European Union

Overview and recent developments

The European Commission (EC) is the executive of the European Union (EU). It proposes new initiatives and legislation, which are adopted by the European Parliament and the Council. With its 2015 Better Regulation Package, the EC has introduced significant changes to its Better Regulation policy, further refined in 2017.

Ex ante impact assessments continue to be carried out for major primary laws and subordinate legislation. Since 2015, Inception Impact Assessments, including an initial assessment of possible impacts and options to be considered, are prepared and consulted on for 4 weeks, before a full RIA is conducted. Following this initial feedback period, the EC conducts public consultations of 12 weeks during the development of initiatives with an impact assessment. Legislative proposals and the accompanying full RIA are then published online for feedback for 8 weeks following approval of the proposal by the College of Commissioners. Draft subordinate legislation is consulted on publicly for 4 weeks. Transparency could be further improved by making RIAs on subordinate legislation available at this stage with the opportunity to comment on the analysis.

The ex post evaluation system, combining systematic evaluations of individual regulations with comprehensive “Fitness checks” of policy sectors, has been improved by providing the opportunity to comment on evaluation roadmaps for 4 weeks and on the main elements of all evaluations for 12 weeks. A REFIT Platform brings together representatives of the Commission, Member States and non-government stakeholders, to make suggestions for simplification and review of EU legislation.

Institutional setup for regulatory oversight

The Commission’s Secretariat General (SG), the Centre of Government body in charge of the overall coherence of the Commission’s work, is responsible for overseeing Better Regulation. The SG reviews RIAs, stakeholder engagement processes and ex post evaluations, provides capacity support and makes recommendations for improvements of the system. The SG also serves as the secretariat to the Regulatory Scrutiny Board (RSB), which checks the quality of all impact assessments and major evaluations and fitness checks informing EU legislation. The RSB is composed of three Commission officials and three outside experts and chaired by a Commission’s Director General.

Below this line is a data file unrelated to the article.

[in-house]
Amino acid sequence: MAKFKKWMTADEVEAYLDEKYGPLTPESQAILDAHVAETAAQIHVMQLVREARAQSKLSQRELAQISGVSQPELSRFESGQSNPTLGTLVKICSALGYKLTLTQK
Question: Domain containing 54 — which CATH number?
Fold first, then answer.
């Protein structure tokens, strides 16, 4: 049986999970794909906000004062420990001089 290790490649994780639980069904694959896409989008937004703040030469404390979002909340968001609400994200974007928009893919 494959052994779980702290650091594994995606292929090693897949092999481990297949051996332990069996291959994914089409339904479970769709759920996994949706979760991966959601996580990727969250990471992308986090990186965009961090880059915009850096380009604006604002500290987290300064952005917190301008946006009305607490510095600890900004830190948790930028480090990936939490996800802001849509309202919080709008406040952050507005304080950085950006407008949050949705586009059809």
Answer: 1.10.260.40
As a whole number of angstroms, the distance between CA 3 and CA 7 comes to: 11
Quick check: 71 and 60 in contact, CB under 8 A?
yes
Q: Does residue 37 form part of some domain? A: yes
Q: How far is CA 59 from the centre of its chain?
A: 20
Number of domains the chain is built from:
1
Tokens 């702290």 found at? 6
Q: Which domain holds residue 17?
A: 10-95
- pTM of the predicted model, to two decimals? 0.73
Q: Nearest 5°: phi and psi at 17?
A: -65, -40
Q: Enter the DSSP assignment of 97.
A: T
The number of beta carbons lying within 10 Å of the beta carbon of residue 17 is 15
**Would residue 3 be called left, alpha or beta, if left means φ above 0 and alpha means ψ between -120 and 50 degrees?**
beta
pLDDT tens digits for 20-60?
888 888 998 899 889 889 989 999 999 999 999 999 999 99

Outside the Commission, the European Parliament (EP)’s Directorate for Impact Assessment also reviews RIAs attached to draft legislation submitted by the Commission and can conduct more in-depth analysis and impact assessments of amendments at the request of EP committees. The European Court of Auditors, the EU Supreme Audit Institution, has also conducted performance audits of the regulatory management system.

Indicators of Regulatory Policy and Governance (iREG): European Union, 2018
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Notes: The more regulatory practices as advocated in the OECD Recommendation on Regulatory Policy and Governance a country has implemented, the higher its iREG score. Results presented apply to all legislation (regulations, directives and implementing and delegated acts) initiated by the European Commission, who is the sole initiator of legislation in the EU system.

Source: Indicators of Regulatory Policy and Governance Surveys 2014 and 2017, http://oe.cd/ireg.

Negotiating and implementing EU legislation

Negotiation stage: Most EU directives and EU regulations are adopted by the Council of the EU and the European Parliament through the ordinary legislative procedure. Throughout this process, the Council and the European Parliament separately review the Commission’s legislative proposal. In the Council and its sub-committees, Member States’ governments propose amendments and negotiate a common position on the legislative draft. Each Member State may undertake stakeholder engagement and regulatory impact assessment to help inform its negotiation position. The Council’s role in conducting impact assessments on amendments made in its committees has so far remained limited. EU legislation is adopted once the Council and the Parliament agree on a joint text.

Transposition stage: Member States are required to transpose EU directives, i.e. to incorporate them into their national laws, by adopting dedicated transposition measures. The transposition of EU directives provides EU countries with considerable latitude on the process and method of implementation. Many directives are designed such that they provide scope for Member States to include additional provisions. Governments usually transpose directives through domestic legislative procedures and may consult stakeholders and conduct regulatory impact assessment throughout this process. Each directive is required to be transposed to a specific deadline set in each directive. The Commission monitors the timely and legally accurate transposition of directives and can initiate infringement procedures where the transposition of directives is delayed.

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